3 September 1999
The trip inside your head
by Kate Melville
A new mechanism appears to explain for the different levels of elation people experience when taking a stimulant drugs.
The research conducted at Brookhaven National Laboratory in Upton, New York, and at the State University of New York at Stony Brook was funded by the American National Institute on Drug Abuse (NIDA) and U.S. Department of Energy.
It found that people who have lower levels of dopamine D2 receptors in their brains are more inclined to like the effects of methylphenidate, a mild stimulant, than people who have higher levels of these receptors and who were found to dislike the drug's effects. NIDA Director Dr. Alan I. Leshner says, "This finding supports the theory that brain chemistry may predispose some people to becoming drug abusers. Understanding these biological issues will help us learn why some people are particularly vulnerable to abusing drugs and provides new potential targets for both prevention and treatment efforts."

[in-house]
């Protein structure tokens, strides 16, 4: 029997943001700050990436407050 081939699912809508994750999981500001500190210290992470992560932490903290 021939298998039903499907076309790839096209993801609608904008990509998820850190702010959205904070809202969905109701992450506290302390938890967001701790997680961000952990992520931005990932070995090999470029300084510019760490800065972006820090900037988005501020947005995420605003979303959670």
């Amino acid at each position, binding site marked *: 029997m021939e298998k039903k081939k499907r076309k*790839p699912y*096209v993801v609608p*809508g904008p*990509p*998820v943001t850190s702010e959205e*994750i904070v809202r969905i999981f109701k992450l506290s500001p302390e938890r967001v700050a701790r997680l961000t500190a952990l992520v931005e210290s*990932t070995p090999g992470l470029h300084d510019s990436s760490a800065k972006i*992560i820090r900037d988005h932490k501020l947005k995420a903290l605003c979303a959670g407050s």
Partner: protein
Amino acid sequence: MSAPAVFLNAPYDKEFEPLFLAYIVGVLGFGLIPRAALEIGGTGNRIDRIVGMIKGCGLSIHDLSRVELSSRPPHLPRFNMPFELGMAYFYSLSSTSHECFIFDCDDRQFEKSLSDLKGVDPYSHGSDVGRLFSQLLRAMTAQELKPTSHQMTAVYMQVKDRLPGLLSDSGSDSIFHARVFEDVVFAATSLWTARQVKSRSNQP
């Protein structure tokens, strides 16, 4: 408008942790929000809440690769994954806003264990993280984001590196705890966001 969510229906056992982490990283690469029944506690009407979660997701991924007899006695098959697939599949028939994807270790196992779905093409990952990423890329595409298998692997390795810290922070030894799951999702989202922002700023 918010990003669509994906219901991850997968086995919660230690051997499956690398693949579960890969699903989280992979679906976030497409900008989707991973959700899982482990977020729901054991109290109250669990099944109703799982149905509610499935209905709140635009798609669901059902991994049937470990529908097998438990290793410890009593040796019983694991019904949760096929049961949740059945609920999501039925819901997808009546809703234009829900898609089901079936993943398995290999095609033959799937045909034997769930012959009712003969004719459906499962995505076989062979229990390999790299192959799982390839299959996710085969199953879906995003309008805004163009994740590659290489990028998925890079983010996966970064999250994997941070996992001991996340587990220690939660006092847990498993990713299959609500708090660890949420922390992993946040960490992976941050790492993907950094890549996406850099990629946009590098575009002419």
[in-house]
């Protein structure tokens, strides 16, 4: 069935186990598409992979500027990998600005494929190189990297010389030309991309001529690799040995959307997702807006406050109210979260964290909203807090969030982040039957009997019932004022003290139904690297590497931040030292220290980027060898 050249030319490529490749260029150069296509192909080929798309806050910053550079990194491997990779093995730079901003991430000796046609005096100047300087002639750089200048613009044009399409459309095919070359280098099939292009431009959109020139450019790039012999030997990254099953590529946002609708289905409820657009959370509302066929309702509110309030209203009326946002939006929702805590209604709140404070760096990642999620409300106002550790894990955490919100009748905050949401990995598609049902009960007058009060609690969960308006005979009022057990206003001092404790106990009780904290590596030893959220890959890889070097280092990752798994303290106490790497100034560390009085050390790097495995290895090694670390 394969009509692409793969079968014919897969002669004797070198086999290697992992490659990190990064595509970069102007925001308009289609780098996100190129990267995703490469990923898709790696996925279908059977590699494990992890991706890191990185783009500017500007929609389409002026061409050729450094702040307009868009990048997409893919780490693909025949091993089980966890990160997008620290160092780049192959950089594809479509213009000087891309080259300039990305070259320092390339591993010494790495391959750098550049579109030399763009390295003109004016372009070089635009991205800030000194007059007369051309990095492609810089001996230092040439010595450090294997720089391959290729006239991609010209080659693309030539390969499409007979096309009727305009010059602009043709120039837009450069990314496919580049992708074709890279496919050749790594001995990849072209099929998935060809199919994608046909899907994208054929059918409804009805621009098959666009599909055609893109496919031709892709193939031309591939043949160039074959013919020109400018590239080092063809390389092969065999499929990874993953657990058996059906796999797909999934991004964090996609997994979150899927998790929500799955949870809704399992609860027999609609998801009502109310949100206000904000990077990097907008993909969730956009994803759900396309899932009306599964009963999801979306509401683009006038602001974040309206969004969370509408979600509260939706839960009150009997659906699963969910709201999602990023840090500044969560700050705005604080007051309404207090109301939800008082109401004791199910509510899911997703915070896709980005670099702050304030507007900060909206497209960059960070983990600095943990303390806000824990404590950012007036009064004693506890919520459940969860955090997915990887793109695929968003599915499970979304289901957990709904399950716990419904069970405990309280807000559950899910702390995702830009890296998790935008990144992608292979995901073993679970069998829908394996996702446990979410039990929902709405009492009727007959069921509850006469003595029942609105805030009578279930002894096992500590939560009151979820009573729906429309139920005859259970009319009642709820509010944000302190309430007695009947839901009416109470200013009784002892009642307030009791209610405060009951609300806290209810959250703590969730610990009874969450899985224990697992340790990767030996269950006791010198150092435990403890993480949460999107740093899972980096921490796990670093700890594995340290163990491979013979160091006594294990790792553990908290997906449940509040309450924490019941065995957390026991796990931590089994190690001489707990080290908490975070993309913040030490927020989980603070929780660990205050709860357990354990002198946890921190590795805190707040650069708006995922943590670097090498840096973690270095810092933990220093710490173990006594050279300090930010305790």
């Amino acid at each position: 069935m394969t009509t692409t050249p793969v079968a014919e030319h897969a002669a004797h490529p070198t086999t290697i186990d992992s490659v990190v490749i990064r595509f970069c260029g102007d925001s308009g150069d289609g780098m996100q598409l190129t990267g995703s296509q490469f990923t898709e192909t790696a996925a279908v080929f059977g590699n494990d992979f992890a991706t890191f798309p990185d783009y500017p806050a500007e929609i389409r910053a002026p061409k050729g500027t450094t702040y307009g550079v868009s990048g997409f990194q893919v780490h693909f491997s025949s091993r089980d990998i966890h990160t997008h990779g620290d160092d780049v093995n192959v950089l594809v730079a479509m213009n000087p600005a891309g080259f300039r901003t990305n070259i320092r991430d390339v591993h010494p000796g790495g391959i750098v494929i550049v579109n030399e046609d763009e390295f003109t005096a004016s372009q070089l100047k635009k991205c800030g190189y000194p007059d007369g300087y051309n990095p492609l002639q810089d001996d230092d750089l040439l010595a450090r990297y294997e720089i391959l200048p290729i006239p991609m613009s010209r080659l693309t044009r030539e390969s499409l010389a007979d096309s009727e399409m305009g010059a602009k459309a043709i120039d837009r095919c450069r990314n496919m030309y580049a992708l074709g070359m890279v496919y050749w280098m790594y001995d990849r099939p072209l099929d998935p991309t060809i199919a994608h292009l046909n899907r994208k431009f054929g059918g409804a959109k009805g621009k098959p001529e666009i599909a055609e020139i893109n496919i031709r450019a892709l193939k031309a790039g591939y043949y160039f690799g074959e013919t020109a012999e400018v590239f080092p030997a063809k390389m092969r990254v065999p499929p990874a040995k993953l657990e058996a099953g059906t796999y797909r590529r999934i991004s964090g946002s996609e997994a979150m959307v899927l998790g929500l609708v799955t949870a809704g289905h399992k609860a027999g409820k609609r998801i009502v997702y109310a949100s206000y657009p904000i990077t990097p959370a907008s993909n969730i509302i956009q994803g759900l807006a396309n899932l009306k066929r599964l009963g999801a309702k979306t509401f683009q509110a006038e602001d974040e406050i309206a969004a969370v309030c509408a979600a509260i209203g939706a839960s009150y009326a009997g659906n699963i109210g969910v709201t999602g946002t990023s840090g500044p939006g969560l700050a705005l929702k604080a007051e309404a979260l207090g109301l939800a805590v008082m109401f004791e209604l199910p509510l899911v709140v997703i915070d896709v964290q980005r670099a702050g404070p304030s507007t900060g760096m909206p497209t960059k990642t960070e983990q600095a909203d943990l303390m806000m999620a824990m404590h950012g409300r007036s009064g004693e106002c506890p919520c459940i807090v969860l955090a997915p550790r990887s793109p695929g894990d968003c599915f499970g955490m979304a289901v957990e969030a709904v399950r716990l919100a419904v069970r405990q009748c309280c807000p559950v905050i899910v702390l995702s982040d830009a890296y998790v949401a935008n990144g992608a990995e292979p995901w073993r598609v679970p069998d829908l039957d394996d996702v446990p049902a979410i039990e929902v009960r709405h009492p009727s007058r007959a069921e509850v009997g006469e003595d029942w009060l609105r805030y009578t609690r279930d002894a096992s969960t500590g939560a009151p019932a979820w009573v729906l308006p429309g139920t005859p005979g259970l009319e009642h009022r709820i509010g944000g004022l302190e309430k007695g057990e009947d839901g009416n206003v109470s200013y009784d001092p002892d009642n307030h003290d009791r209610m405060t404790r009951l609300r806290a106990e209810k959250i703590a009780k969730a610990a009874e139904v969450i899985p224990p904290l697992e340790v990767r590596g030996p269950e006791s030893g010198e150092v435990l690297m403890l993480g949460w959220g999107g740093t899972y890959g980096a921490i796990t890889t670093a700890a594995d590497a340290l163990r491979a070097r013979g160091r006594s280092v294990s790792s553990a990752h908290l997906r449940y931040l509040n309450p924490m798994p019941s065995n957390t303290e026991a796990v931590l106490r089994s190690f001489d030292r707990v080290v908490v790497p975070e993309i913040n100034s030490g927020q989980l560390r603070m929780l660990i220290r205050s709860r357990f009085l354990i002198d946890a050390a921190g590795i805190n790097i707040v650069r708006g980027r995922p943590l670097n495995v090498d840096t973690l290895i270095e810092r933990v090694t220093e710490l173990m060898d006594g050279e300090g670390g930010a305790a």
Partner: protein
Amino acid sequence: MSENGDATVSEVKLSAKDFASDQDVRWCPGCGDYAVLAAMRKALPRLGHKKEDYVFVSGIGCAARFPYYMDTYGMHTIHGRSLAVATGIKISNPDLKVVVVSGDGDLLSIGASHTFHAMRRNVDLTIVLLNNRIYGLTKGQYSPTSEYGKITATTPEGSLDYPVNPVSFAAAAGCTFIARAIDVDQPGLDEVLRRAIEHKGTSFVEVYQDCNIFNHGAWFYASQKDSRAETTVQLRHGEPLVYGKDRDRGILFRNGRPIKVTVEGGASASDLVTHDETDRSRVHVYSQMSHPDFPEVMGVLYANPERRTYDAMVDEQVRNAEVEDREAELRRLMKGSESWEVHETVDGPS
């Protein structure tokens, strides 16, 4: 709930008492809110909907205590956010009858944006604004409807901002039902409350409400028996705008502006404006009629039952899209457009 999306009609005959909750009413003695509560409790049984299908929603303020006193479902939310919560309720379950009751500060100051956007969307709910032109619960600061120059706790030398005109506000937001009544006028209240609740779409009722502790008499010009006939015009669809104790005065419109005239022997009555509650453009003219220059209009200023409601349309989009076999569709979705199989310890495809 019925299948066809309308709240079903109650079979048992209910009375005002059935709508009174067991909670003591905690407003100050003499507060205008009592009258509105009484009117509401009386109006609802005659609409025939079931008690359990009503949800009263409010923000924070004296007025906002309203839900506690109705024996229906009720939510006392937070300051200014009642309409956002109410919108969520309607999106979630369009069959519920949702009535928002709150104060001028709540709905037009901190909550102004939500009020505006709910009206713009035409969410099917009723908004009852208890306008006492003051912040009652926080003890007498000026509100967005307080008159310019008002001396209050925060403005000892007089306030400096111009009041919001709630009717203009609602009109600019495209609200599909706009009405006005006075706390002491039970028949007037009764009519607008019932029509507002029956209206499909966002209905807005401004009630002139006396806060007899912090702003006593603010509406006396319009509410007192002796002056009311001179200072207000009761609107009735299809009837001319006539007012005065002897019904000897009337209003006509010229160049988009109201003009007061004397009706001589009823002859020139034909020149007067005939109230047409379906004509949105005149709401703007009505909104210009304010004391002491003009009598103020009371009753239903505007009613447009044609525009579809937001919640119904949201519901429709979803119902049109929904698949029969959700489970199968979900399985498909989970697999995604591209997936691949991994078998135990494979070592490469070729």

The study used a brain imaging technique called Positron Emission Tomography to measure dopamine D2 receptor levels in the brains of 23 men who were not drug abusers. The men were given methylphenidate and then asked to describe its effects. Twelve described the drug as made them happy or improving their mood.
Nine described the drug as disagreeable, saying that it made them annoyed or distrustful.
Two described the drug as having a neutral effect.
The results showed those who described methylphenidate's effects as pleasant had lower numbers of D2 receptors than did those who described the drug's effects as disagreeable.